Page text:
ABC News’ Bret Hovell Reports: Senator John McCain , R-Ariz., issued a forceful statement Monday condemning advertising by outside groups in the presidential campaign, even advertising meant to benefit him.
McCain asked groups who might wish to support his run for the White House, to "cease and desist" any campaigning on his behalf.
"Anyone who believes they could assist my campaign by exploiting a loophole in campaign finance laws is doing me and our country a disservice," the statement read.
McCain’s words were directed at the Foundation for a Secure and Prosperous America, a group registered as a 501 (c)(4) corporation, which ran an ad in South Carolina complimentary of McCain.
Campaign manager Rick Davis wrote a letter to McCain supporters that was similar in tone, saying that the best way to support the Senator is through donations directly to campaign.
"While not illegal, this group’s efforts certainly violate the spirit of reform and disclosure for which John McCain has fought over the past decade," Davis wrote.
The founder of the South Carolina group is Rick Reed, whose firm helped produce the 2004 Swift Boat ads that damaged Sen. John Kerry’s, D-Mass., presidential campaign, and who worked for McCain’s campaign earlier this year. The pro-McCain ad was first reported on Friday by the Associated Press.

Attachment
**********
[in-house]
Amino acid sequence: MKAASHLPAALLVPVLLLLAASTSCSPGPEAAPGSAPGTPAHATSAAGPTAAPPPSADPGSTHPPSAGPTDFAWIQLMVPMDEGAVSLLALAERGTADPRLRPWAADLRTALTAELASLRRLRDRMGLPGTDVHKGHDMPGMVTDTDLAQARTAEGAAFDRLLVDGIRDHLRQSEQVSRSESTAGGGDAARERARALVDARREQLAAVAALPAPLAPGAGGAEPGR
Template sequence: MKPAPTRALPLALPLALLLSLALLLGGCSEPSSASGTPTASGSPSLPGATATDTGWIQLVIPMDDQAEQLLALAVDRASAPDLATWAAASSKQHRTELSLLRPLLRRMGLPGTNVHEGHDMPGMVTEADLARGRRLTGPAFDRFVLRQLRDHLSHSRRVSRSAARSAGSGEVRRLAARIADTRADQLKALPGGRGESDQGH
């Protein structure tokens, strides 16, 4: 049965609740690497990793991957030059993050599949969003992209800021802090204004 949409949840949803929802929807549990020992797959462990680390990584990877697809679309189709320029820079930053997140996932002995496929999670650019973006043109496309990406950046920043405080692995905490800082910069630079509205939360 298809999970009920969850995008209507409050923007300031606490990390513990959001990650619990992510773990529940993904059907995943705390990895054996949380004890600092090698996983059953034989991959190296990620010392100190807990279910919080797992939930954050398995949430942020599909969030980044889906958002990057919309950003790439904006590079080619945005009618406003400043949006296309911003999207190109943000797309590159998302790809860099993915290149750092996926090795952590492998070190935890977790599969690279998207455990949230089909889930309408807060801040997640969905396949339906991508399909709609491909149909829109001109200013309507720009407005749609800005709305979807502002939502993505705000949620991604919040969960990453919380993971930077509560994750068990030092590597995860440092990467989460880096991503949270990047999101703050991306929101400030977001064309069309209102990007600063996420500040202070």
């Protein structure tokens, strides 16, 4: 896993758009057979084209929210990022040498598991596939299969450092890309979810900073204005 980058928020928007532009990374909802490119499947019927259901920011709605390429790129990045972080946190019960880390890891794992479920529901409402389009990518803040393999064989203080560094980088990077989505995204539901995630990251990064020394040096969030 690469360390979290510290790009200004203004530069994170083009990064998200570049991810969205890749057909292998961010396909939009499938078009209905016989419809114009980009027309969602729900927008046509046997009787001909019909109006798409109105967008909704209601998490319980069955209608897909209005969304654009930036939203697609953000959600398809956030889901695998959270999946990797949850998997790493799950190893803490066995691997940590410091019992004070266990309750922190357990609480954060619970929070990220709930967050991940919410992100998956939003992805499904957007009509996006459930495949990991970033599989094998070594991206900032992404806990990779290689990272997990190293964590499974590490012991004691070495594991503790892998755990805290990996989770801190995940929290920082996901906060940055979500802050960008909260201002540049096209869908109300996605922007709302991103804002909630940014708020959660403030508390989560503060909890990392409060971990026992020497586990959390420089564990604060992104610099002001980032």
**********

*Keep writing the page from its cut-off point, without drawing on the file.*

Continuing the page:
McCain put out a statement on Friday, saying "I would prefer they do not air the ads."
But earlier Monday McCain’s Republican rival Mitt Romney, R-Mass., criticized McCain on the issue.
"Its the height of irony that the founder, excuse me, the father of McCain-Feingold, would now have supporters, now he’s saying he has nothing do with that, he doesn’t want them to do it, but that nonetheless his supporters have put together (the ads)," Romney said in New Hampshire.
McCain’s campaign has denied any connection to Reed’s group.
McCain was the author of the 2002 McCain-Feingold bill which called for an end to soft money in campaigns, but, many say, created a loophole for these groups such as Reed’s. He spoke out against the Swift Boat ads in 2004 and similar ads that ran against former Sen. Max Cleland, D-Ga, in 2002.
"I will never betray my trust to them or my own conscience for the sake of expediency, and I want all who support me to honor that commitment," McCain wrote in Monday’s statement.
ABC News’ Matt Stuart contributed to this story.